Everything you say here is true, but they are not related or some kind of conspiracy. Adding mobile spectrum is good for cell phone users and sellers -- it's worth billions to them. Marginal stations are making money selling off their bandwidth, but no one watches them anyway. In my market, there is a channel with the call letters WBIN. It was purchased by Carlisle Media One in 2011 which reserved spectrum for three low power repeater stations. The station is just powerful enough to be 'must carry' on cable and no construction permits have ever been pulled for the three repeaters. These nonexistent stations will be auctioned off and no one will notice. Same for the half dozen ION affiliates in my market. The other big players in the reverse auction will be low power religious/community stations and college supported PBS affiliates. In Boston, WGBX and WGBH are almost completely redundant. A lot of money will be made, but the repacking will not kill off broadcast television.

    You said commercially supported twice. The threat to commercial support is technology that skips commercials. Lack of success of DVRs in broadcast homes is probably very good for broadcast television. If ad supported television is going to survive, someone has to figure out how to make the commercials more impactful. Whether commercials become more entertaining or more relevant, people need to be willing to watch and patronize the sponsors. Some people watch the superbowl for the ads. Advertising products used to build a product or make a meal during a DIY show seems to work for PBS.

    I feel like you are very young. We were very much 'entrenched' in cable television TWENTY years before the digital transition. NESN launched in 1984 and ESPN first aired in 1979. There were more cable subscribers in 1990 than there are today! AND, there are more broadcast only homes today than there were in 1990!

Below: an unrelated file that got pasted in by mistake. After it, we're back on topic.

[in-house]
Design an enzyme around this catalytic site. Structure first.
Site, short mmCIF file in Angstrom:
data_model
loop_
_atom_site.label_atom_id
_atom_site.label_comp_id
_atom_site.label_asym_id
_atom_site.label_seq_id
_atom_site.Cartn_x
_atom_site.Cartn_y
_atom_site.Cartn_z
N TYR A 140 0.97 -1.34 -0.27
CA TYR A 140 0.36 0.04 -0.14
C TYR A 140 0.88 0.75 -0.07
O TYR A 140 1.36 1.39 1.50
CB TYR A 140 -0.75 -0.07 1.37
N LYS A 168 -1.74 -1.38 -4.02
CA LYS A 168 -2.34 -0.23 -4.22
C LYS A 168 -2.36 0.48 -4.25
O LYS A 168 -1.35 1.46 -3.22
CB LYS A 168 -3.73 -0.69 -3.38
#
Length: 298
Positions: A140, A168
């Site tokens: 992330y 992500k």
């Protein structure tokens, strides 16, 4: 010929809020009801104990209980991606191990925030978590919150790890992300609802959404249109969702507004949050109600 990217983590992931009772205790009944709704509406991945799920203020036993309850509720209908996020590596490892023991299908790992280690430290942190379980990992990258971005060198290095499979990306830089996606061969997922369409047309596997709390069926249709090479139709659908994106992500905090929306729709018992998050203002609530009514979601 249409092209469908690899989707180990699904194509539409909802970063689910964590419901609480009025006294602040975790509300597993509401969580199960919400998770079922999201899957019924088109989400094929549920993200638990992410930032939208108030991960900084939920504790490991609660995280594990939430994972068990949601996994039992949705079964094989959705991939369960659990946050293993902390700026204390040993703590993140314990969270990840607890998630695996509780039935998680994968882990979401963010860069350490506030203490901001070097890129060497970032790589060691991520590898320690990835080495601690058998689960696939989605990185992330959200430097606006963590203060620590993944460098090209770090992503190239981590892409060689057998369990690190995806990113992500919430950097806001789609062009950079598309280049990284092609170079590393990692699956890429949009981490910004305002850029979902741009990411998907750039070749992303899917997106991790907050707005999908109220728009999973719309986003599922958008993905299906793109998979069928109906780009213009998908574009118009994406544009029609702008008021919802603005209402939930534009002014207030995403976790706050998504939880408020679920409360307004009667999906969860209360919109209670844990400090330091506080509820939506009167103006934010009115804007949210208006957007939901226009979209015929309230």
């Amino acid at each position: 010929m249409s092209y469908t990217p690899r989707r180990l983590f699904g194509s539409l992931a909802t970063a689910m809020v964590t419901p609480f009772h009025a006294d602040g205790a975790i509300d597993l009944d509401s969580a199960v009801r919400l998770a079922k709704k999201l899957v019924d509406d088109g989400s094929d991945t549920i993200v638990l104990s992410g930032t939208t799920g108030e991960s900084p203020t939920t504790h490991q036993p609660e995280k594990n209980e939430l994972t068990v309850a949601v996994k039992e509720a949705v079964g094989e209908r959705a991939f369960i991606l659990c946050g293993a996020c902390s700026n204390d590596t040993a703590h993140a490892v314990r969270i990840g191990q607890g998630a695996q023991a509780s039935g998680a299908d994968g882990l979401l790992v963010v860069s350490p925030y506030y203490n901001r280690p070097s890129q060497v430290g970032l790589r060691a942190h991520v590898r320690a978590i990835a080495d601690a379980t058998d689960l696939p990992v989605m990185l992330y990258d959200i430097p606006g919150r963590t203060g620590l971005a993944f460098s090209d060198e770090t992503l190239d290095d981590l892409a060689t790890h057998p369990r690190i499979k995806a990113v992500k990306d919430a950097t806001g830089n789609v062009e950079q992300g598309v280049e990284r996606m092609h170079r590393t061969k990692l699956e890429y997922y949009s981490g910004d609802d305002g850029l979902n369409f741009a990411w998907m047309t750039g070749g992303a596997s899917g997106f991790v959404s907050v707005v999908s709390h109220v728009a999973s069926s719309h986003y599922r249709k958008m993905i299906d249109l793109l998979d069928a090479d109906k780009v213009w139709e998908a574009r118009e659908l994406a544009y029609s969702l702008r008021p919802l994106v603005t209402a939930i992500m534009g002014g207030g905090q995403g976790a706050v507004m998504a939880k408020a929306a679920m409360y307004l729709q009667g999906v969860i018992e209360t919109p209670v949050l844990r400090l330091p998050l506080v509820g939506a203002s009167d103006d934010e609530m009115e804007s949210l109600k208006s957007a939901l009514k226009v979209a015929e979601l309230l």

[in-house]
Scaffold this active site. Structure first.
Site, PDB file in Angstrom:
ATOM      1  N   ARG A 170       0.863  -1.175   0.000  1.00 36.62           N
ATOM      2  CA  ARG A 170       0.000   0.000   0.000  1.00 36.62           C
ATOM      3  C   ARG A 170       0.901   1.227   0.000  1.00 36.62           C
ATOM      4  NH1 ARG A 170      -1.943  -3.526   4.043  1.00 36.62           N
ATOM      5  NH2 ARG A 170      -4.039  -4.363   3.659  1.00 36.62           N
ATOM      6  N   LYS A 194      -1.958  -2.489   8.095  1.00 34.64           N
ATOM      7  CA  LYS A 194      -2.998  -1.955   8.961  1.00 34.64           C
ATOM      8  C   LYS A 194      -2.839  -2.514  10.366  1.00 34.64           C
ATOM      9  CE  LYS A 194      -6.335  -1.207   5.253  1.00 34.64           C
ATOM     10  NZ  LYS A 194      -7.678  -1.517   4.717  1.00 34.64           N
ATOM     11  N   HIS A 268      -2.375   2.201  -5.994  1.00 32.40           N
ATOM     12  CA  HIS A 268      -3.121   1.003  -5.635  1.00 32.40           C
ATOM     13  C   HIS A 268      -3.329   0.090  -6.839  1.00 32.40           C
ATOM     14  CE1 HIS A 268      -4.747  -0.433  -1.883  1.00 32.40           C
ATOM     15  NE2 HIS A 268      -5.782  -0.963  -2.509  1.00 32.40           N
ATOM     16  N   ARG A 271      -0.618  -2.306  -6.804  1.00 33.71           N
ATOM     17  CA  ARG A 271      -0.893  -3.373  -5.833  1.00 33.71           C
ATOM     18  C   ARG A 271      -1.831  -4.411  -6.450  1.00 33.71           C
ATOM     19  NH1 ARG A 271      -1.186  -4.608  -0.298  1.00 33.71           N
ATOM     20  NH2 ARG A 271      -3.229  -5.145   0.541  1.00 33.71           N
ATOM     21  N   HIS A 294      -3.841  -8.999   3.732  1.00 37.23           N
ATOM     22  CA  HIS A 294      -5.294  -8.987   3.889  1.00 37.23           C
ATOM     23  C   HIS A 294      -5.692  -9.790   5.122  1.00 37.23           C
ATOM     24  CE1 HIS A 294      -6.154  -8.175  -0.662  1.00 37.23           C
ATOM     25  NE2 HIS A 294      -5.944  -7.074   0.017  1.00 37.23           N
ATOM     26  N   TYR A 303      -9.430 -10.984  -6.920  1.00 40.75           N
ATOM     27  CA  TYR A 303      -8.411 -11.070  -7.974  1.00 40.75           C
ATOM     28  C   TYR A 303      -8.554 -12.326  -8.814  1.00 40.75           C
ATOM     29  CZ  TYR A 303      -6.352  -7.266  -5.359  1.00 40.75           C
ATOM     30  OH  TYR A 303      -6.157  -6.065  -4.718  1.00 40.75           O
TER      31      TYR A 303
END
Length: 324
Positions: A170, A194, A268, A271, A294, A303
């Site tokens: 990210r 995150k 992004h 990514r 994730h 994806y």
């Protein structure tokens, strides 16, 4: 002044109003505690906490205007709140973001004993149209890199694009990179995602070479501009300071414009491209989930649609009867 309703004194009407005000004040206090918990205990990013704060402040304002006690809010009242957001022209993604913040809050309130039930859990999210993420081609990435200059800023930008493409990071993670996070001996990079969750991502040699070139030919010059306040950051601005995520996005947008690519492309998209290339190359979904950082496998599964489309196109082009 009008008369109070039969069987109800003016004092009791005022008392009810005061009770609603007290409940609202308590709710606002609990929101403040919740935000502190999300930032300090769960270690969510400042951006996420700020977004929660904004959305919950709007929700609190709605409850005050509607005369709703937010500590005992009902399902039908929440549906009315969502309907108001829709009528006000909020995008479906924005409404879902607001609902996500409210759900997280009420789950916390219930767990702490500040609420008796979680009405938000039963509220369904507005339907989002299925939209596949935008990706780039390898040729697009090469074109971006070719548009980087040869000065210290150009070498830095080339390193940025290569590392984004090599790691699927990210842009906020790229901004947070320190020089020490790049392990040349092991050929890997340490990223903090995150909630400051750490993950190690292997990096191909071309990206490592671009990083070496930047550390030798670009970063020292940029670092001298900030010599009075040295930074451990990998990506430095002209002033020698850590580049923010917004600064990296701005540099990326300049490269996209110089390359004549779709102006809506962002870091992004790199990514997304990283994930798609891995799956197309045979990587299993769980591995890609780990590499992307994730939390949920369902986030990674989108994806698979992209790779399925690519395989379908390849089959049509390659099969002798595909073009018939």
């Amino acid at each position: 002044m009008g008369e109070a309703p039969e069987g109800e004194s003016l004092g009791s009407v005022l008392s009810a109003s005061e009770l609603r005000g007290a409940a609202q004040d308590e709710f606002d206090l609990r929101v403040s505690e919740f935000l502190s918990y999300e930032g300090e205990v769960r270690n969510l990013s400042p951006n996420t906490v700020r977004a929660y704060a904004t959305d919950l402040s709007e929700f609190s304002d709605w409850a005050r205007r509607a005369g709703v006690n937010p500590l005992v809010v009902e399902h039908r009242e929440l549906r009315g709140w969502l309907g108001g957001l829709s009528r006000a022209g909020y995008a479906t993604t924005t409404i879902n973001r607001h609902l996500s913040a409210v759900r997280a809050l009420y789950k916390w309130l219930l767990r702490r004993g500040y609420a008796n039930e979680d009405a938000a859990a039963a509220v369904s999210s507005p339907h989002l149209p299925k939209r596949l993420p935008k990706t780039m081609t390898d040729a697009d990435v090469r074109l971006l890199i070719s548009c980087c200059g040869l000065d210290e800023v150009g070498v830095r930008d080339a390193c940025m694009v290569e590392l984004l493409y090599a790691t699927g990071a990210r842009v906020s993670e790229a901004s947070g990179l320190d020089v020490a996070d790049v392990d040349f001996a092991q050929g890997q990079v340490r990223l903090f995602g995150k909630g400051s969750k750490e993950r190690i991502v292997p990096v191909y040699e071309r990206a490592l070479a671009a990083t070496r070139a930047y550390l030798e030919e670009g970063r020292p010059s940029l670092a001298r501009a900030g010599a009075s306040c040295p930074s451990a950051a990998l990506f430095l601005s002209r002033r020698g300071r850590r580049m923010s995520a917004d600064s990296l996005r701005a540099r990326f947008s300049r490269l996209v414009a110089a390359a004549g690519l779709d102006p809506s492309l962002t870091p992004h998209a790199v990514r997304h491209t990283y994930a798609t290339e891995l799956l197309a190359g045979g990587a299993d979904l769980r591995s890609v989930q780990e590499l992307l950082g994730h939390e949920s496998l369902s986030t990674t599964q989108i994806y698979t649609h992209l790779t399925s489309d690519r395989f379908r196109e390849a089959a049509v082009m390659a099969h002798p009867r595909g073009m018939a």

The fact is that the digital transition should have been the death of broadcast television. People had to install kludgy converters, the cable companies offered attractive discounts, and the media FUD machine was eulogizing OTA 24/7. Cable missed a golden opportunity.

    People talk about this stuff all the time. It's idle speculation as most of us do not even know how many Tablos have been sold or how many people use an antenna. The fact that channels keep popping up tells me those who know aren't losing sleep over the future of broadcast television. Someone is paying for ATSC 3, right?

    BTW, one of the drivers of broadcast television is nostalgia. The programming is inexpensive and plentiful. The cost to carry these stations for the cable companies is relatively high. The fact is that it is much less expensive to air repeats of NYPD Blue than a Cleveland vs Toronto MLB game and more people will watch NYPD Blue.
     
  10. Mar 26, 2016 #10 of 118
    wizwor

    wizwor Guest

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    I think ATSC 3.0 will coexist with ATSC 1.0 initially. I can envision a 'premium' converter which brings UHD and pay offerings to OTA. Probably something like Sling TV or Vue. We had something like this in the 70s...
    We trialed this, but reception was poor and content was not very good.

    ATSC 3.0 does not have to outlive existing TV panels, but the FCC cannot disrupt service again for those who do not use a set top box and broadcasters will not broadcast content that no one watches. So, ATSC 1.0 continues to dominate free tv and ATSC 3.0 carries premium content -- at least until someone devises an inexpensive box which can be given to owners of legacy sets. The fact that UHD sets shipped without ATSC 3.0 tuners says ATSC 1.0 is here for a LONG time.
     
  11. Mar 26, 2016 #11 of 118